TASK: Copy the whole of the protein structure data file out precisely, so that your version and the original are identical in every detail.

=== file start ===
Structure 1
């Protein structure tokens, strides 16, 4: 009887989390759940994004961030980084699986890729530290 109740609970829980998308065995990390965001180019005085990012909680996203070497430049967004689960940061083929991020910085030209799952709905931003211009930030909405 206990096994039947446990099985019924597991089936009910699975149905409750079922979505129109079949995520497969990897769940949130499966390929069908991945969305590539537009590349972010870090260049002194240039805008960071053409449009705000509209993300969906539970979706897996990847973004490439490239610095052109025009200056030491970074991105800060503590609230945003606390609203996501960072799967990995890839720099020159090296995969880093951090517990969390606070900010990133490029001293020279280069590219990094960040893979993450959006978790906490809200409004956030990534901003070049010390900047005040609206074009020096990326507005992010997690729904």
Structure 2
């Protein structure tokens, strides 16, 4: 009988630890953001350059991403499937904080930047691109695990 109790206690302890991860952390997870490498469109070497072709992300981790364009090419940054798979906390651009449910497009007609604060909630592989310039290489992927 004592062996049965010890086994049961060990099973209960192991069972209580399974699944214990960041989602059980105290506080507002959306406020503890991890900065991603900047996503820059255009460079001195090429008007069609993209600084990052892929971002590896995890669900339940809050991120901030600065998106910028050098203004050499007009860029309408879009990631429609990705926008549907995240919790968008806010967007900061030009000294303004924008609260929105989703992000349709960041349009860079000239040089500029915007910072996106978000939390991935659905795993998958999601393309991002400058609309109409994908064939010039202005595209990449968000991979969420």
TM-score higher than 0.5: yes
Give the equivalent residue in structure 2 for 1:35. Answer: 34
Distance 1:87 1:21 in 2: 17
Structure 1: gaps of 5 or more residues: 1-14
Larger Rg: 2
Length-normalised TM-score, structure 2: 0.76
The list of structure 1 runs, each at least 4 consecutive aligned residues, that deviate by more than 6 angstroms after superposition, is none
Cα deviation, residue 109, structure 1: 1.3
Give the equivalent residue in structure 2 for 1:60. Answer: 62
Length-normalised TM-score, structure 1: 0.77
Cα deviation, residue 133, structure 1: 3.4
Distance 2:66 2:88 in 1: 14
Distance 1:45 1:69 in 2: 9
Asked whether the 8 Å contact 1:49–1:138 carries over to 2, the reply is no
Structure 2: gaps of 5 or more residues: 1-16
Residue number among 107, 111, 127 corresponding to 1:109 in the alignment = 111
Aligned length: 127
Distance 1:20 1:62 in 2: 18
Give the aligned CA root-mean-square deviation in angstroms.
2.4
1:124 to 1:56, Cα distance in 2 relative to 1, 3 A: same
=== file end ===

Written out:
Structure 1
């Protein structure tokens, strides 16, 4: 009887989390759940994004961030980084699986890729530290 109740609970829980998308065995990390965001180019005085990012909680996203070497430049967004689960940061083929991020910085030209799952709905931003211009930030909405 206990096994039947446990099985019924597991089936009910699975149905409750079922979505129109079949995520497969990897769940949130499966390929069908991945969305590539537009590349972010870090260049002194240039805008960071053409449009705000509209993300969906539970979706897996990847973004490439490239610095052109025009200056030491970074991105800060503590609230945003606390609203996501960072799967990995890839720099020159090296995969880093951090517990969390606070900010990133490029001293020279280069590219990094960040893979993450959006978790906490809200409004956030990534901003070049010390900047005040609206074009020096990326507005992010997690729904």
Structure 2
């Protein structure tokens, strides 16, 4: 009988630890953001350059991403499937904080930047691109695990 109790206690302890991860952390997870490498469109070497072709992300981790364009090419940054798979906390651009449910497009007609604060909630592989310039290489992927 004592062996049965010890086994049961060990099973209960192991069972209580399974699944214990960041989602059980105290506080507002959306406020503890991890900065991603900047996503820059255009460079001195090429008007069609993209600084990052892929971002590896995890669900339940809050991120901030600065998106910028050098203004050499007009860029309408879009990631429609990705926008549907995240919790968008806010967007900061030009000294303004924008609260929105989703992000349709960041349009860079000239040089500029915007910072996106978000939390991935659905795993998958999601393309991002400058609309109409994908064939010039202005595209990449968000991979969420």
TM-score higher than 0.5: yes
Give the equivalent residue in structure 2 for 1:35. Answer: 34
Distance 1:87 1:21 in 2: 17
Structure 1: gaps of 5 or more residues: 1-14
Larger Rg: 2
Length-normalised TM-score, structure 2: 0.76
The list of structure 1 runs, each at least 4 consecutive aligned residues, that deviate by more than 6 angstroms after superposition, is none
Cα deviation, residue 109, structure 1: 1.3
Give the equivalent residue in structure 2 for 1:60. Answer: 62
Length-normalised TM-score, structure 1: 0.77
Cα deviation, residue 133, structure 1: 3.4
Distance 2:66 2:88 in 1: 14
Distance 1:45 1:69 in 2: 9
Asked whether the 8 Å contact 1:49–1:138 carries over to 2, the reply is no
Structure 2: gaps of 5 or more residues: 1-16
Residue number among 107, 111, 127 corresponding to 1:109 in the alignment = 111
Aligned length: 127
Distance 1:20 1:62 in 2: 18
Give the aligned CA root-mean-square deviation in angstroms.
2.4
1:124 to 1:56, Cα distance in 2 relative to 1, 3 A: same